Domestic Violence Advocate Pleads “No Contest” To Assault of Woman, Casada & Legislators Were Warned

Danny Claud Hensley, a former Dixie Youth umpire and crossing guard at Lewis County Elementary School, entered no contest pleas to two counts of assault on May 22, 2019 in Hickman County Circuit Court, according to the Lewis County Herald.

Hensley recently testified at the state legislature to help pass the Leigh Ann Act – HB1340 by Rep. Clay Doggett (R-Lawrenceburg), SB1163 by Sen. Joey Hensley (R-Hohenwald) – which creates a Class A misdemeanor for violating a no contact order issued to a domestic violence victim.

The bill is named for his daughter Leigh Ann Hensley, who was shot to death by a man in a domestic dispute. Hensley gave emotional testimony at the Judiciary committee, and held a picture of Leigh Ann as he spoke, saying:

“I had never taken domestic violence serious until it hit us.”

The indictment against Hensley states Grand Jurors for Lewis County presented that Hensley “unlawfully, intentionally and knowingly, did cause physical contact with Coleen Kimbro, which a reasonable person would regard as extremely offensive or provocative”  (Victim’s name used with permission).

Hensley was sentenced to six months probation, and a no contact order was put in place regarding the victim and her parents.

Kimbro tells the Holler many of the legislators responsible for bringing Hensley in to testify, and for getting his bill passed, were made aware of the situation, including Speaker Glen Casada:

“Speaker of The House Glen Casada was informed about Danny Hensley being brought up on 5 counts of charges. Rep. Bruce Griffey, Senator Joey Hensley, Rep. Clay Doggett, Rep. David Byrd, Mark Hall and Chief of Police Sam Livingston all knew about Hensley being indicted and charged with 5 counts of assault, as well as the felony forgery charges, and still sponsored and endorsed not only the bill but Hensley as well. The Chief of Police, was his former employer and is his friend and Pastor.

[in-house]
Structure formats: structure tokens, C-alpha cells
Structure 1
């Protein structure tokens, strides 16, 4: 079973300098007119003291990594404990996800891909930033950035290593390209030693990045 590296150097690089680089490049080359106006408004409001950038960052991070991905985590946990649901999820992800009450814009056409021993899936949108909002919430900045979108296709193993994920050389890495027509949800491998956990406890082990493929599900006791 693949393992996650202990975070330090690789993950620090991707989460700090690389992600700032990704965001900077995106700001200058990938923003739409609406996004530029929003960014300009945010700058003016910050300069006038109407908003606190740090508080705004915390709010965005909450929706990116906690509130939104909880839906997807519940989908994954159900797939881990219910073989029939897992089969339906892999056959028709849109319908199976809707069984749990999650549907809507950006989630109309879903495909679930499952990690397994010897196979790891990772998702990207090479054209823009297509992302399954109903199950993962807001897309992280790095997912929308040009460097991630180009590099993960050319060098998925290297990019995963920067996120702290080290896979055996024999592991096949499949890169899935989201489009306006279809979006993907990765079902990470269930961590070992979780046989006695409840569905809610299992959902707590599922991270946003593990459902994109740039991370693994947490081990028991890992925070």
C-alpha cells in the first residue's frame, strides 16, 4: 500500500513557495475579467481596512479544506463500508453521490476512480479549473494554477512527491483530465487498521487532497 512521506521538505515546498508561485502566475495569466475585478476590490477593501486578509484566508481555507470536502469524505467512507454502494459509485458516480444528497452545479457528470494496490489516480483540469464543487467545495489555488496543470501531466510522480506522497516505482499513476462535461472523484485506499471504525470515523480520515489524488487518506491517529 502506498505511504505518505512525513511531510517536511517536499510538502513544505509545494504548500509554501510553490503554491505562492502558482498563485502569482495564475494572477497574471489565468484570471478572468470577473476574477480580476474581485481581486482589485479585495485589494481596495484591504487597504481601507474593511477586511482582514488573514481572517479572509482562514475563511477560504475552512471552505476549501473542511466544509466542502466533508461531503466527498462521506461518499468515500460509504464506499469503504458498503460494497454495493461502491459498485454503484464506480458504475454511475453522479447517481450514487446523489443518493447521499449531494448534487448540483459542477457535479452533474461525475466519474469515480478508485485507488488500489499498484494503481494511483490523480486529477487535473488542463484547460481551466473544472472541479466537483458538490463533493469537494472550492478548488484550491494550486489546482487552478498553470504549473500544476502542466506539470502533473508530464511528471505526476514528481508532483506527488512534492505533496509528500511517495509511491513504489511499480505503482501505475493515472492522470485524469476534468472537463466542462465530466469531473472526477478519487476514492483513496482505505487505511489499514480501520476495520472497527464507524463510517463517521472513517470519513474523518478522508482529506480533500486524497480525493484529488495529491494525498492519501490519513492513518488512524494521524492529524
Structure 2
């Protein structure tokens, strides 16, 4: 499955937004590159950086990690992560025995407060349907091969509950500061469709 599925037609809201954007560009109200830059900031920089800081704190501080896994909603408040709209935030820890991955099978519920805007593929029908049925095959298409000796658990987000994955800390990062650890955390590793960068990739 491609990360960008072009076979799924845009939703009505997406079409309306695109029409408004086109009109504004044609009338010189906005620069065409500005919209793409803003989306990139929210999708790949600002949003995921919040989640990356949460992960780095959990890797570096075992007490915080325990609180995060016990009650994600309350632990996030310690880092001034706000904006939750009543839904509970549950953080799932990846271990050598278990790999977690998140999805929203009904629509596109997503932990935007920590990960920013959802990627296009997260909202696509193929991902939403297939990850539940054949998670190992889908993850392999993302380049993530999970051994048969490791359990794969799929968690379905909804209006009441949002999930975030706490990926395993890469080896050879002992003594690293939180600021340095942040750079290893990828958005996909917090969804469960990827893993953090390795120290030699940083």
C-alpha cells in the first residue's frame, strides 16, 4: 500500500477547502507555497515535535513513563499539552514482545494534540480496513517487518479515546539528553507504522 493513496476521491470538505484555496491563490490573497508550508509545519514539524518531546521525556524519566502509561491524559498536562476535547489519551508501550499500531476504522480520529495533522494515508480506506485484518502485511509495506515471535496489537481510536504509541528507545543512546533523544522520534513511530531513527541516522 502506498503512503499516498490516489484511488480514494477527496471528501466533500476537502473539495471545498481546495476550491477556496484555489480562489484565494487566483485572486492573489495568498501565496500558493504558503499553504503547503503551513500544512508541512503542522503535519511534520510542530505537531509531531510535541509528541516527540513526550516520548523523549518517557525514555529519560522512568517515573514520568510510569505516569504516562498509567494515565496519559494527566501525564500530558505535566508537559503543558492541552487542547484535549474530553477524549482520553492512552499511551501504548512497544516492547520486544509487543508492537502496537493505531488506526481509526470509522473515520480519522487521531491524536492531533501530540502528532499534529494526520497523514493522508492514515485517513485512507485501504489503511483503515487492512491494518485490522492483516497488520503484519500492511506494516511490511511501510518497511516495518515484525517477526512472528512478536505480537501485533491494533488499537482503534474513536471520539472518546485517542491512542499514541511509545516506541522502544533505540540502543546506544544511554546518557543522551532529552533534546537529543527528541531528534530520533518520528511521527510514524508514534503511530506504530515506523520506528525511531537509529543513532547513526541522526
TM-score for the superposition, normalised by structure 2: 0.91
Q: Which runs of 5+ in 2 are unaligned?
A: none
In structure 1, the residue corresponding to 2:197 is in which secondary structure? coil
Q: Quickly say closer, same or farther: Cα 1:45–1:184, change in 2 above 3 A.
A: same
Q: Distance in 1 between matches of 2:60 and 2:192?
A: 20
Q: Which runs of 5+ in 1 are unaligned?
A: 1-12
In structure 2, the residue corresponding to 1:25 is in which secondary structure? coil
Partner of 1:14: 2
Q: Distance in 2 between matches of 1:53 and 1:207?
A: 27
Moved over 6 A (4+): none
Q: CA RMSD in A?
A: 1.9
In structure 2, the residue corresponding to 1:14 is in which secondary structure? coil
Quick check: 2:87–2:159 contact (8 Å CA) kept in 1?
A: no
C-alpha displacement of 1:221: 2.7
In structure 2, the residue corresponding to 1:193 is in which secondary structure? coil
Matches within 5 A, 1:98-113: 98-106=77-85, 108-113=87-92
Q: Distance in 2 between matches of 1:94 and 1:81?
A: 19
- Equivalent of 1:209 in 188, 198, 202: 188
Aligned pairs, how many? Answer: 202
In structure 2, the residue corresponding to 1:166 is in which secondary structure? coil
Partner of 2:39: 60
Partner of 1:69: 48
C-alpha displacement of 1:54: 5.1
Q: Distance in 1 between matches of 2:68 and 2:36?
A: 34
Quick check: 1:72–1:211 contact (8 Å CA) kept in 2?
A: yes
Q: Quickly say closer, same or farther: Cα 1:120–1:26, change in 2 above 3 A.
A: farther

Can You Say Good Ole Boy?”

Kimbro says that victims “truly are seeking justice”, and that healing only begins once justice has been given to victims and their families:
“Victims are not out to destroy other people and their reputations, victims simply want to move forward and not have to live in fear.”
Her Victim Impact statement states:
“Danny Hensley was sworn to protect and serve and instead he preyed on the most vulnerable. He knew I was already a victim of rape and domestic assault and used his position as a sitting board member at the Shelter and as an officer at the Hohenwald Police Department to abuse and assault me. Danny Hensley used his positions to threaten me with his friends in power. He kept me in fear and made me feel as though there was no way a victim could ever trust an officer or ever expect any justice. In Danny Hensley’s own words, ‘no woman should live in fear’, and yet I lived in fear daily because of Danny Hensley, who portrayed himself to be a protector of women while he was abusing me.
I pray that Danny Hensley is never put in a position where he is able to harm another individual again, because the emotional damage they suffer is lifelong compared to the short sentence he will serve.”
Kimbro went on to tell The Holler:
“Victims see men in power portraying themselves as heroes while the men torment and prey on the most vulnerable and make them feel even more vulnerable and abused. Sadly, I begged for help before the bill was passed and no one cared. Now that the bill has passed they have given a predator immortality, and only victimized his victim more by refusing to act when I begged for help.”
Tennessee ranks #5 in the nation for women murdered through domestic violence. Columbia is the city where it happens most. Hensley told the Judiciary committee he had been to 154 different churches talking about the issue of domestic violence.

Hensley also entered conditional pleas of guilty to 4 counts of forgery, for which he was sentenced to pay court costs and serve two years supervised probation. Four charges of misdemeanor theft were dismissed as part of the plea negotiations.  

In April of 2018 he was released from umpire duties for Lewis County Dixie Youth Baseball and Softball by the board of directors via an official letter claiming Mr. Hensley had kept two different Lewis County Dixie Youth paychecks that belonged to at least two different umpires, forged the umpires signatures of endorsement on the back of the checks, and cashed them.

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